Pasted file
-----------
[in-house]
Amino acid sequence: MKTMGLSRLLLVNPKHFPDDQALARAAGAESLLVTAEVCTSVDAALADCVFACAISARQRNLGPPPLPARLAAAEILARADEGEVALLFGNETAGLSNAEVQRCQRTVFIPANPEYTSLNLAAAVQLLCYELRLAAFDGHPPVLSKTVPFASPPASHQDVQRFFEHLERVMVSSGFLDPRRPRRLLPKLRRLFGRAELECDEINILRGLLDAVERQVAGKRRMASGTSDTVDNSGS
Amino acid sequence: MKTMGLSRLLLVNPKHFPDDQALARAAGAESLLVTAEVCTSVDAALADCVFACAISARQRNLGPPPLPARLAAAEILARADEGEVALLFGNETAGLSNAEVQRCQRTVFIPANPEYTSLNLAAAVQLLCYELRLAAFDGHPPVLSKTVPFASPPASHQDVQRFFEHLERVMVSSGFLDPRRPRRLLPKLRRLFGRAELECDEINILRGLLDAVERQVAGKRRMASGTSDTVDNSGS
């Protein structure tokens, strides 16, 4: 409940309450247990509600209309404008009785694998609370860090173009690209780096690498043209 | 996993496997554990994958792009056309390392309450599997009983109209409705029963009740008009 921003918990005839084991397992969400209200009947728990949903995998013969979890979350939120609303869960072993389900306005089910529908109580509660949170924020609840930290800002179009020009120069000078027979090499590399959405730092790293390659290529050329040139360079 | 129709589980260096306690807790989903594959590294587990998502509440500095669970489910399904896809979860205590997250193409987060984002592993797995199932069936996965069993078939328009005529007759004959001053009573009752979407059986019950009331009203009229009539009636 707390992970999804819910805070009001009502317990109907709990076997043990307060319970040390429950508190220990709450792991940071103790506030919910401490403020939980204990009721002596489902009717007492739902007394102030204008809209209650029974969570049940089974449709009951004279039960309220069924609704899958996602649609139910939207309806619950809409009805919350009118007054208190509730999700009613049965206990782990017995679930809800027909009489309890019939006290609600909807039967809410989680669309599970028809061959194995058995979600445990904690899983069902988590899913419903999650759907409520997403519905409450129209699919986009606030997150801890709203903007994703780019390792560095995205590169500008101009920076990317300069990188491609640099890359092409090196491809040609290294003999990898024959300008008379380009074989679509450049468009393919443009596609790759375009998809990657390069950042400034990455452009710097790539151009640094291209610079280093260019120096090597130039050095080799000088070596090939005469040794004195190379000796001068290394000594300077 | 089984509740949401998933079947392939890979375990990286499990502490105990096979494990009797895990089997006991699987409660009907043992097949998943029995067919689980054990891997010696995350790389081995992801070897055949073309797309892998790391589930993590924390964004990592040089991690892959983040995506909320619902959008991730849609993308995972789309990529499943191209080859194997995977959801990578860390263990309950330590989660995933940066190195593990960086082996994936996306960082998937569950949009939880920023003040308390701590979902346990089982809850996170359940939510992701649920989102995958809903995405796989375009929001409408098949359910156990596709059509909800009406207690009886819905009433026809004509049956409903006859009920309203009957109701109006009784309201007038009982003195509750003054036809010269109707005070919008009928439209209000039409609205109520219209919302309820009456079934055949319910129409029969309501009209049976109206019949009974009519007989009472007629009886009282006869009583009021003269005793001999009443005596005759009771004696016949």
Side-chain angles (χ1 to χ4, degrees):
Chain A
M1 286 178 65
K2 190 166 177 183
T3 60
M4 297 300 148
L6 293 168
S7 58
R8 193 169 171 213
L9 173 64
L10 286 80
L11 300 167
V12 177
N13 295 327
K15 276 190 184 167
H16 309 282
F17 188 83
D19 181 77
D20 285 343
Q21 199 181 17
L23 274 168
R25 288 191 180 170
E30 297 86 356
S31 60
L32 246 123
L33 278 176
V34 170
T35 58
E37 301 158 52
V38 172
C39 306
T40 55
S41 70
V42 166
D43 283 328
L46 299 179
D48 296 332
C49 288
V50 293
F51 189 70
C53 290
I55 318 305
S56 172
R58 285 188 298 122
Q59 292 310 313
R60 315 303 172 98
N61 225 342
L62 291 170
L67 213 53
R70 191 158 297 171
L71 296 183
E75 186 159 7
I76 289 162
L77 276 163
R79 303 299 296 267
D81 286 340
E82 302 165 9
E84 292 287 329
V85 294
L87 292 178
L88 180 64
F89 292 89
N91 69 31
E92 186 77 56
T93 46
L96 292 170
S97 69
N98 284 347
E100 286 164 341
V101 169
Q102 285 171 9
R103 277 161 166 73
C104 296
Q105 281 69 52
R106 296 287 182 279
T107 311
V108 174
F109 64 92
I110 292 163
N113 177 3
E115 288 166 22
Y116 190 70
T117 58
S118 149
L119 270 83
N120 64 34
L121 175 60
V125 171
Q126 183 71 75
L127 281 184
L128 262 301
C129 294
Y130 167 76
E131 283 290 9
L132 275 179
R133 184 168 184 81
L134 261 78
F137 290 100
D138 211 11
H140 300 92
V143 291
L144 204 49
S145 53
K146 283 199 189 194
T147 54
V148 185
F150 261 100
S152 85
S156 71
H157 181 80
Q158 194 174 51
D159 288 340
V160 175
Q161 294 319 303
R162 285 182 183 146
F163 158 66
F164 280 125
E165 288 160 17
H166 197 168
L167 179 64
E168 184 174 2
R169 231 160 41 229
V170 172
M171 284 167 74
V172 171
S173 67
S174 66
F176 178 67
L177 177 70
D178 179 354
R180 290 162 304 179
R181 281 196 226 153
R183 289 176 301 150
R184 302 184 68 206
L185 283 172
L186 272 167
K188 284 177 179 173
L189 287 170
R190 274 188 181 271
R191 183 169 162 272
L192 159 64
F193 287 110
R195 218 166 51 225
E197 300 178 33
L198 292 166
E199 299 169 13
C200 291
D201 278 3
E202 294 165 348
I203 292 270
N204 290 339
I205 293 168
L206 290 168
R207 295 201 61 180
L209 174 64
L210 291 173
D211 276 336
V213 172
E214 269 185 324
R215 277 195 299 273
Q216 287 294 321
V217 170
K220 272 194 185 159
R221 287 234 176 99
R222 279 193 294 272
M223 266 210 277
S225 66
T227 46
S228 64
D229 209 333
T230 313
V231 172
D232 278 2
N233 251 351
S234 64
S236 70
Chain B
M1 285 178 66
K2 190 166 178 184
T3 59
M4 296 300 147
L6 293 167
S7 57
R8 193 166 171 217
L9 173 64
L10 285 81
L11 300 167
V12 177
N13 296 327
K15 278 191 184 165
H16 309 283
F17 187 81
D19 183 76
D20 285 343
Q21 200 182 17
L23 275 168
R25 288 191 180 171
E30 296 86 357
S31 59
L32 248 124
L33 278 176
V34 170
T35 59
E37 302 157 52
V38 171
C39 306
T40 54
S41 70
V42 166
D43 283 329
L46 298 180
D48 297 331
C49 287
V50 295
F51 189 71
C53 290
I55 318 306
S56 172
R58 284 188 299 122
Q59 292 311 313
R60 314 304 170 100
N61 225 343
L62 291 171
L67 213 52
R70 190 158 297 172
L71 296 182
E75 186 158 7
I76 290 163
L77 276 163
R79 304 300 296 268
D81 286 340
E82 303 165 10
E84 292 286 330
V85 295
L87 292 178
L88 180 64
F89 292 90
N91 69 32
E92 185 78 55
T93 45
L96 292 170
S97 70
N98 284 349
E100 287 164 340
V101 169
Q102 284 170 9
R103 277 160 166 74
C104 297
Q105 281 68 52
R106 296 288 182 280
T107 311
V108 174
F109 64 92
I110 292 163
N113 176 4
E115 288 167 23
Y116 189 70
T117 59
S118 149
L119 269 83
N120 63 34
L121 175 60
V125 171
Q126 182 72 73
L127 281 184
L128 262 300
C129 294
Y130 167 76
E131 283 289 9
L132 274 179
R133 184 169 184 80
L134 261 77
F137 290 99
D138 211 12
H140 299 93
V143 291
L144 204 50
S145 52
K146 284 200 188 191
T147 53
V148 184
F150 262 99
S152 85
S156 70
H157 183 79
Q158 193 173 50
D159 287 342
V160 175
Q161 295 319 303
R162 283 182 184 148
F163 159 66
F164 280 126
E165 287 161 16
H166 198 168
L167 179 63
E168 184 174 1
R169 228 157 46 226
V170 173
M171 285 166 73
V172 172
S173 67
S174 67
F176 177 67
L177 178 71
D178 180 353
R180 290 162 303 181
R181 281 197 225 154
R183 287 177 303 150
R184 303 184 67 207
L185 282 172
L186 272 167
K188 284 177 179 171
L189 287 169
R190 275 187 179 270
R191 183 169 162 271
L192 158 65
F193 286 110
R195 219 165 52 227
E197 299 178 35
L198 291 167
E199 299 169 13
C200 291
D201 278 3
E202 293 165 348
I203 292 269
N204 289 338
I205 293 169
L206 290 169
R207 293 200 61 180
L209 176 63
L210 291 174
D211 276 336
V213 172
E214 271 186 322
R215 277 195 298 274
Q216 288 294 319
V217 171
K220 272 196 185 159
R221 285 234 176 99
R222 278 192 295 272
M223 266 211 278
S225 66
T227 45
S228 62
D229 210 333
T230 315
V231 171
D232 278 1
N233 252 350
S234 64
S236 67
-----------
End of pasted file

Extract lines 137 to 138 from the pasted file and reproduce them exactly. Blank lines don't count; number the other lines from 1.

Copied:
R183 289 176 301 150
R184 302 184 68 206